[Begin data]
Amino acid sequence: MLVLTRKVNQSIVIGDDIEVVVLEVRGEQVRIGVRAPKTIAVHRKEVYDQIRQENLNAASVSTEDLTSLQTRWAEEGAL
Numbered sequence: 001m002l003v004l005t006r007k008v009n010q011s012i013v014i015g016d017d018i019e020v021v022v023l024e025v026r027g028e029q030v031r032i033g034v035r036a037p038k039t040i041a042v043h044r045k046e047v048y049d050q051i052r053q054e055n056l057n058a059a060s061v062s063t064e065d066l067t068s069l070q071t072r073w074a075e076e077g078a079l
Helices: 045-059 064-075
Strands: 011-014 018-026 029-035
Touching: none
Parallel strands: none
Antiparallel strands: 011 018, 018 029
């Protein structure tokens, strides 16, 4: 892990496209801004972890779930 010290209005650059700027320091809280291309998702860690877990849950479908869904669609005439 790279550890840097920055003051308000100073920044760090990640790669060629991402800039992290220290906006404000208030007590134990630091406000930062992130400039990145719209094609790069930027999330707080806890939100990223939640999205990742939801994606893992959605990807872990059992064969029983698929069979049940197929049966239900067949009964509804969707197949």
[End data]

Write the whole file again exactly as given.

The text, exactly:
Amino acid sequence: MLVLTRKVNQSIVIGDDIEVVVLEVRGEQVRIGVRAPKTIAVHRKEVYDQIRQENLNAASVSTEDLTSLQTRWAEEGAL
Numbered sequence: 001m002l003v004l005t006r007k008v009n010q011s012i013v014i015g016d017d018i019e020v021v022v023l024e025v026r027g028e029q030v031r032i033g034v035r036a037p038k039t040i041a042v043h044r045k046e047v048y049d050q051i052r053q054e055n056l057n058a059a060s061v062s063t064e065d066l067t068s069l070q071t072r073w074a075e076e077g078a079l
Helices: 045-059 064-075
Strands: 011-014 018-026 029-035
Touching: none
Parallel strands: none
Antiparallel strands: 011 018, 018 029
């Protein structure tokens, strides 16, 4: 892990496209801004972890779930 010290209005650059700027320091809280291309998702860690877990849950479908869904669609005439 790279550890840097920055003051308000100073920044760090990640790669060629991402800039992290220290906006404000208030007590134990630091406000930062992130400039990145719209094609790069930027999330707080806890939100990223939640999205990742939801994606893992959605990807872990059992064969029983698929069979049940197929049966239900067949009964509804969707197949």